Imlay Canyon Gear Unveils 2012 Rope Colors

New colors for the Canyon Fire (left) and Canyonero! (right)

Just in time for the holiday season, new rope colors have magically appeared from Imlay Canyon Gear. The immensely popular 8.3mm Canyon Fire now comes in the forboding “Red with Yellow” AND the cautionary “Yellow with Red,” in addition to the old balanced “Red and Yellow.” Not impressed? Okay, well take a look at the new 9mm Canyonero colors, where jungle-vine “Green with Blue” and regal “Purple with Yellow” join the aquatic blue-green weave in the line up. Combing a Canyon Fire with the three Canyonero! lines, and you have serious contrast in your rope bags.

So who really cares about rope color, anyways? Is this just for canyon aestheticists and rope dorks? Though I am occasionally sheepish to admit it, I DO care about rope colors… here’s why:

1. Colors provide intuitive indicators of rope length. Though a given rope will change length over its lifetime as it wears and gets chopped, using ropes of different colors on any given trip makes it easy to tell the 80′ from the 120′ from the 200′. Instead of “give me the 200-footer,” we say, “give me the red one.” Much easier.

2. When using any two (or more) ropes together, it can really help to use lines of different colors. For example, when untwisting ropes before pulling them after a 170′ rap, it really helps you see which way the ropes are twisted when they are different colors.

3. Having UNIQUE colors is always a bonus when a group is using gear of mixed ownership. LOTS of people have bright orange ropes… but I might have the only pink one with a bit or green woven in. Not only wil nobody mistake my rope for theirs, but my hideous colors will make nobody covet it.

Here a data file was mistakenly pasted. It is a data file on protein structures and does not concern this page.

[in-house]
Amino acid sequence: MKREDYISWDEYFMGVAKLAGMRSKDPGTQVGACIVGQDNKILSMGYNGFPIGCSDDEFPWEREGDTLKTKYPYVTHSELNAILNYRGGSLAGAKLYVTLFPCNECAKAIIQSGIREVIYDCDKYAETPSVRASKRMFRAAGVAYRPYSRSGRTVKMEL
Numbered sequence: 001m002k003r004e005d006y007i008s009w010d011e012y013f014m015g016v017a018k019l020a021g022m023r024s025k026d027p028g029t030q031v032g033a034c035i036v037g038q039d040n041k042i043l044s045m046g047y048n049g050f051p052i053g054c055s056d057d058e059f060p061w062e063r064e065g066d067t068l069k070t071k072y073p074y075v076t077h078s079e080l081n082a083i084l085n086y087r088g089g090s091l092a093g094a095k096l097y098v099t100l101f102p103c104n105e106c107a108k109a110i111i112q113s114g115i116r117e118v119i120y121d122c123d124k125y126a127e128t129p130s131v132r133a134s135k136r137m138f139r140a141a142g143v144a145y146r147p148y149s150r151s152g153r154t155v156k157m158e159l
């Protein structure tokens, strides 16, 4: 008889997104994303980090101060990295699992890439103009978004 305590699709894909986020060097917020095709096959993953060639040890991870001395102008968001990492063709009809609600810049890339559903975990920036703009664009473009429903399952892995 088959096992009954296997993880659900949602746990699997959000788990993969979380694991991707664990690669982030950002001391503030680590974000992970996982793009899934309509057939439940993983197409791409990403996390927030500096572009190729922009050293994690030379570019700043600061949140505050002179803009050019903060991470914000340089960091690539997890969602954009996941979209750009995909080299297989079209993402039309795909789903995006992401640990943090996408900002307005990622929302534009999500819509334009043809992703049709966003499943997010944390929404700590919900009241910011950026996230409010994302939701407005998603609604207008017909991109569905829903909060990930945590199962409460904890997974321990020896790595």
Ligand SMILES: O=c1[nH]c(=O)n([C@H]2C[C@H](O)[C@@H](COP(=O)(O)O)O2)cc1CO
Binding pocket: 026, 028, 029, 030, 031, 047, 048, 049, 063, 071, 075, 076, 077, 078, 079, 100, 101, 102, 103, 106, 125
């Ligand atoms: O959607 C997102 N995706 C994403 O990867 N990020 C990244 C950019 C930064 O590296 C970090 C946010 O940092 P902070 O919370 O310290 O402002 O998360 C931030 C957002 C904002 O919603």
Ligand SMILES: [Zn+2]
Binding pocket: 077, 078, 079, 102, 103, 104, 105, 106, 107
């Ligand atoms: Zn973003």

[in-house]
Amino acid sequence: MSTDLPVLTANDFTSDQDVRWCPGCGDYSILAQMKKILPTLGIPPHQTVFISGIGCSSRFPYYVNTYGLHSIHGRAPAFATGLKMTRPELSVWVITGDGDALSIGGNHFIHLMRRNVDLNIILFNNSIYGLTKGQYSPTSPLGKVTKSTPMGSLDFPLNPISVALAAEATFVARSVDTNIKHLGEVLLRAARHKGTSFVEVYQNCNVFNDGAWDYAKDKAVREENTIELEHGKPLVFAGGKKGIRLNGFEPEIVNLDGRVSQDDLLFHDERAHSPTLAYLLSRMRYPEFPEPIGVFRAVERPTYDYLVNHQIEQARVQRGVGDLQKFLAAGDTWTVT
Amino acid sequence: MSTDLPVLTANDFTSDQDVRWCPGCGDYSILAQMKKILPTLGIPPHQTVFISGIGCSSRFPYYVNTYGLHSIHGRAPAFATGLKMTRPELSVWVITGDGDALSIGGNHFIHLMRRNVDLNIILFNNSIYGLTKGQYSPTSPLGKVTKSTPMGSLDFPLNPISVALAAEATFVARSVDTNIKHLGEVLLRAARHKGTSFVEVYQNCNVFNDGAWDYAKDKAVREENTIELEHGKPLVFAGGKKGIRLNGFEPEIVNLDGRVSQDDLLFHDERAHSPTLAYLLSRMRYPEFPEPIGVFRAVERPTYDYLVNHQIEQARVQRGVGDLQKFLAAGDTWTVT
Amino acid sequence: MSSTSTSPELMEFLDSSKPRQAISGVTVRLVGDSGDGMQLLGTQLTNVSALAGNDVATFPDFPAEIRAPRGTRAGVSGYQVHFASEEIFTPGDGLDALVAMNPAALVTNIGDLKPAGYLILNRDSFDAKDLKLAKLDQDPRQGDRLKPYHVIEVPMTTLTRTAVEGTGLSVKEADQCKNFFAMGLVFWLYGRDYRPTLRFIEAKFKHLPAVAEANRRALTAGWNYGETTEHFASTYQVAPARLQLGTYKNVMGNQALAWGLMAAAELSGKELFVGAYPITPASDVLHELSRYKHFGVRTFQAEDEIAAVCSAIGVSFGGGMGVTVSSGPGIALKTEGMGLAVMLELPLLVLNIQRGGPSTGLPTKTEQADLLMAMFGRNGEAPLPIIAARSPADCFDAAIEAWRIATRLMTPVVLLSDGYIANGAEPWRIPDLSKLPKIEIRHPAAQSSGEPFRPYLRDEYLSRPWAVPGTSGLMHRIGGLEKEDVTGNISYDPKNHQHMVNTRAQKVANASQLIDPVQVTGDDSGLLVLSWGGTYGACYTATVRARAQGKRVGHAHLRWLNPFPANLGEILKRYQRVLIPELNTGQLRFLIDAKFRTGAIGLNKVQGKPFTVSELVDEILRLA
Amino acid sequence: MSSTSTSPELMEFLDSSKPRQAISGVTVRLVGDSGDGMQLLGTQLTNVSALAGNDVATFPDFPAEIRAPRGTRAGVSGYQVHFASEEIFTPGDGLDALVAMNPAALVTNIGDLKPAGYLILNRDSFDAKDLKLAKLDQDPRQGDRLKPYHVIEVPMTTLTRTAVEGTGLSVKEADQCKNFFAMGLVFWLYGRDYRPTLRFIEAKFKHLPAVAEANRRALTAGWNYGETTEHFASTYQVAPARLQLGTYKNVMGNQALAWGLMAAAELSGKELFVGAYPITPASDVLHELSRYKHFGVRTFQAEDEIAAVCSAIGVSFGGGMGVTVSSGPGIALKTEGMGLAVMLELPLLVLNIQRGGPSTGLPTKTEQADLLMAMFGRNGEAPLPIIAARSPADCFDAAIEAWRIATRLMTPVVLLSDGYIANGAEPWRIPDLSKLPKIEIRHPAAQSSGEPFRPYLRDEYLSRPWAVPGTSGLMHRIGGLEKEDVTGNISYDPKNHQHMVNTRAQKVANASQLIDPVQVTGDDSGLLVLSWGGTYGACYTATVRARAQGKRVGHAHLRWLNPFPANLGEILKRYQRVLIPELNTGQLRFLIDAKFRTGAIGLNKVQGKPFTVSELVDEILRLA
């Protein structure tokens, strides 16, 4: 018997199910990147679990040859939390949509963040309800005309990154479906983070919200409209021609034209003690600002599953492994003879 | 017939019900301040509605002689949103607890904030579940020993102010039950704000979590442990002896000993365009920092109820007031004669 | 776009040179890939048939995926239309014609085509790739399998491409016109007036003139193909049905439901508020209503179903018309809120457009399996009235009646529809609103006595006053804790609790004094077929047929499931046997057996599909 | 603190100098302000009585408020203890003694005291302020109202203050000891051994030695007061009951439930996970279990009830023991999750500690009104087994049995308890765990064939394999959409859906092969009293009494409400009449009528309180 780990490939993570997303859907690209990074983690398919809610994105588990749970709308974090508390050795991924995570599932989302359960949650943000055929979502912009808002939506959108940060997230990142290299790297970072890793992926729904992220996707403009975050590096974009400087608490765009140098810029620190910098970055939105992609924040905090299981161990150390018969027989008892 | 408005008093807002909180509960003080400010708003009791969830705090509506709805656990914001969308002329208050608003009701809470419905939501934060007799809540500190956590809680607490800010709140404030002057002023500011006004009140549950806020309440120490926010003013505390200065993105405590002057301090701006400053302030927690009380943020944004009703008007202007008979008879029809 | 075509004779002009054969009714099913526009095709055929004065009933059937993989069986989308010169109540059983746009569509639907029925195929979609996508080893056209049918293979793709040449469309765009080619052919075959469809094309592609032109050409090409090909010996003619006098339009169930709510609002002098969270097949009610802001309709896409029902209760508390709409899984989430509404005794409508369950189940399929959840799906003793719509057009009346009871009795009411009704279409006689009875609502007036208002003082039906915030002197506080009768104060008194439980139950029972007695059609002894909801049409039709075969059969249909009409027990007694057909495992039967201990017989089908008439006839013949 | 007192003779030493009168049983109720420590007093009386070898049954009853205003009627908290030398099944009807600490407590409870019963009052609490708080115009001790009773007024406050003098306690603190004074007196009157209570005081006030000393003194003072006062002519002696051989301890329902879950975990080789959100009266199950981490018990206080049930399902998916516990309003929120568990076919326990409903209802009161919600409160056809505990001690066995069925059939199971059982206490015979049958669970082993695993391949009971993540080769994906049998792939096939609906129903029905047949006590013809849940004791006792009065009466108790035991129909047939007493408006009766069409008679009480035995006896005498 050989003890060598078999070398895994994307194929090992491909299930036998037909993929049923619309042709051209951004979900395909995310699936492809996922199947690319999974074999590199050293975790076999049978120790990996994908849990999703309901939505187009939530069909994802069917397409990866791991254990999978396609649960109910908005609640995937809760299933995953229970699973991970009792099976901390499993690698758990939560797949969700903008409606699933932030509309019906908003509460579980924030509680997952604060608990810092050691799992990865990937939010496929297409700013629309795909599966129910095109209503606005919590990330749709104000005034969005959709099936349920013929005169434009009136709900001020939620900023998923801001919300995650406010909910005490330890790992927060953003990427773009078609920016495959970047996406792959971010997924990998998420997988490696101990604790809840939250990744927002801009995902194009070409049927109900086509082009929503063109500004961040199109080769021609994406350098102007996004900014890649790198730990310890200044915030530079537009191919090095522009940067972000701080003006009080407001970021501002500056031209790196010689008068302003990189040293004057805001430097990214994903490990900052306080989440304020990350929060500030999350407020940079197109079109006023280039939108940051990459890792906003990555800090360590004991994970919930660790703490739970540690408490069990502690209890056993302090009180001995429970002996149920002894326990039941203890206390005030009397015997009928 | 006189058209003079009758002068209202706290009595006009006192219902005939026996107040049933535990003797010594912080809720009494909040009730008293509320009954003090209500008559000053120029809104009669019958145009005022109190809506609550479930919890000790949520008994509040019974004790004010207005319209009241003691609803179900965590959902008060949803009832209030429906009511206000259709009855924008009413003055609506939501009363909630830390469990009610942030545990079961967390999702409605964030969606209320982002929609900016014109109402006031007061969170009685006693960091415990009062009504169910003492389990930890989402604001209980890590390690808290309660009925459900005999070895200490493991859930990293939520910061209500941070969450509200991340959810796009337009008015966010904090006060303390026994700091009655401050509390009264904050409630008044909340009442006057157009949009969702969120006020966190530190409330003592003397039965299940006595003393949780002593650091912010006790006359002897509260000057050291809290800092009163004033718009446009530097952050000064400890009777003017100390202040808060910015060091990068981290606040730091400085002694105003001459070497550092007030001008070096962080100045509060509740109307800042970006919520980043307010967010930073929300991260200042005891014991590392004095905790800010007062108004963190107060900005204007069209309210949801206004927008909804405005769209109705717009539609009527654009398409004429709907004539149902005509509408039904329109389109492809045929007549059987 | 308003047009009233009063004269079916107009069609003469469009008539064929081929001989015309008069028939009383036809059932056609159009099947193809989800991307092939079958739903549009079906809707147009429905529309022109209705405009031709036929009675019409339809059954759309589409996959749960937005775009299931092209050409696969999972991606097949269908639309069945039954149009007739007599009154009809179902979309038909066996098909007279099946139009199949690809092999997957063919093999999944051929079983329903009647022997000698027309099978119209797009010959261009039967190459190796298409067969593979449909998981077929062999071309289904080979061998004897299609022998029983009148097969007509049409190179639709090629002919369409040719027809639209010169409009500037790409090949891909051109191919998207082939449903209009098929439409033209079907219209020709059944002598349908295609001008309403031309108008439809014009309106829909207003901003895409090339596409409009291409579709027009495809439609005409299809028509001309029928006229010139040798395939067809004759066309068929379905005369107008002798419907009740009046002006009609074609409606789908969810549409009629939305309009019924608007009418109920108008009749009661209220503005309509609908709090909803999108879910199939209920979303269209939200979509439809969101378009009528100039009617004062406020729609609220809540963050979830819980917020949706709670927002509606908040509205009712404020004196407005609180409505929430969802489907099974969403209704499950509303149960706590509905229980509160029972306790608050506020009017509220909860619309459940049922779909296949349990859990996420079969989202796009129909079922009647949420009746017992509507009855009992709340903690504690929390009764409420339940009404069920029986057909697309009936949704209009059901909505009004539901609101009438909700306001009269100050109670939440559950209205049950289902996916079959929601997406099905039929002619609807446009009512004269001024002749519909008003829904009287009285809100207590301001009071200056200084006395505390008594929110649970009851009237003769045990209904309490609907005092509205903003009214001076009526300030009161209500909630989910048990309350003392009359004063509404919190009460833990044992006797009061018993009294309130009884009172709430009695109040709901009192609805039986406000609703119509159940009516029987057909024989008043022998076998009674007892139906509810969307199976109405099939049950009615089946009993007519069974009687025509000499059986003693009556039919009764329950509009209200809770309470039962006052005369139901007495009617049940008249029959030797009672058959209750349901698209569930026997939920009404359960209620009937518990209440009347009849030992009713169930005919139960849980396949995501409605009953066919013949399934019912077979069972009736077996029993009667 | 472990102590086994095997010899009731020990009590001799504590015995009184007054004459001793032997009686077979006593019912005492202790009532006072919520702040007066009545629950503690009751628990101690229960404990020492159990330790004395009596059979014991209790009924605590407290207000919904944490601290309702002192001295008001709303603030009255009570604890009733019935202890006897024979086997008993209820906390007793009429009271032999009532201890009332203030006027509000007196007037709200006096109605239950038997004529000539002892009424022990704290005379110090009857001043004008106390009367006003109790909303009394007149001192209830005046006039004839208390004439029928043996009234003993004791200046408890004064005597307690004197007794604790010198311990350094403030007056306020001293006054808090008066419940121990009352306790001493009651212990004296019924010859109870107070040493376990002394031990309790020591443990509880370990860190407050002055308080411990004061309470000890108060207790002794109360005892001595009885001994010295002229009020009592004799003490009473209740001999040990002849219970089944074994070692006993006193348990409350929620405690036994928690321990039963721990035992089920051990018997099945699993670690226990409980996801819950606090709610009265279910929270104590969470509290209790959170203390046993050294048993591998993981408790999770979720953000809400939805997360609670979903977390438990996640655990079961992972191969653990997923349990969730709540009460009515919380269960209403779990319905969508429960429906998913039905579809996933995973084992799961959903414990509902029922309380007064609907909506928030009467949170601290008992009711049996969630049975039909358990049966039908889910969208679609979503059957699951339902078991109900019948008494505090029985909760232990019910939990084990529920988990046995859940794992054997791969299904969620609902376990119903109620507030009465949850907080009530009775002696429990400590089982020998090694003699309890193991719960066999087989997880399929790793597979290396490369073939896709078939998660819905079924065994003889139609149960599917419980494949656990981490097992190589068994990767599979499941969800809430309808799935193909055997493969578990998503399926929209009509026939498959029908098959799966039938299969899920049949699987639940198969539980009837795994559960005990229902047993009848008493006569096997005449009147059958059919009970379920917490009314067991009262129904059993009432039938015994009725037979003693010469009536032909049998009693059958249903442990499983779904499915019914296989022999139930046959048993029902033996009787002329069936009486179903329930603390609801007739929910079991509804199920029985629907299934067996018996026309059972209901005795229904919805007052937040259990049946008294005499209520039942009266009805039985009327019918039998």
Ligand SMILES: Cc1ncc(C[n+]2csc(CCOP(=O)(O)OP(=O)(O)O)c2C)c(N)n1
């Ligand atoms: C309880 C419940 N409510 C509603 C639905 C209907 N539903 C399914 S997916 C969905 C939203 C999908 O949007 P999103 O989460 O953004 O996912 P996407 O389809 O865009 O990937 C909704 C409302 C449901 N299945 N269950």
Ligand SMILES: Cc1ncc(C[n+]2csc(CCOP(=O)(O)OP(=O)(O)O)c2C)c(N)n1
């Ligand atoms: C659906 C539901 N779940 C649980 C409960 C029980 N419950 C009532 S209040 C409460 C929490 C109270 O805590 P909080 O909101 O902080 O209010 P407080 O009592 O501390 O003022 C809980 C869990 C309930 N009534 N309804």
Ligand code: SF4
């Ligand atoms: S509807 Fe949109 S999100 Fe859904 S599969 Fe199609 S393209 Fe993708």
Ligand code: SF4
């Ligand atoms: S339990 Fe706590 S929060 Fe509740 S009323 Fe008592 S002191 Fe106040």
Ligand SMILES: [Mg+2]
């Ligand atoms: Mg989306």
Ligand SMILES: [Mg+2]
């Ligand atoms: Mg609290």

Bland ropes blend into canyon backgrounds, while bright ropes stand out, providing dimension and interest to photos

4. Bright, contrasting colors add to canyoneering photographs. Too often, dark or dirty ropes blend into the background in canyoneering photos. When the rope shows up, though, it visual line of interest from the rappeller to wherever the rope leads to. Since the rope usually connects points of action/relevance in canyon images, bright colors help add the viewers eyes move through the scene.

5. Colorful ropes simply add to the beauty of a great day in the canyon. Let’s face it, most of us are out here for great views… why not bring visual interest to our rope bags?

If you have another reason you LOVE colorful ropes, or perhaps a strong antagonism towards color, drop me a note and tell me what you think. Until next time!


About Nick

Nick Wilkes found ZAC in 1996, working first as an outfitter, then a guide, then as webmaster. An ardent adventure enthusiast, Nick's recent exploits involve laying down roots in Wisconsin, chasing his kids around the house, working as a Madison, WI photographer and growing his Wisconsin climbing business. Connect with Nick on Facebook, Google+, or directly via email.
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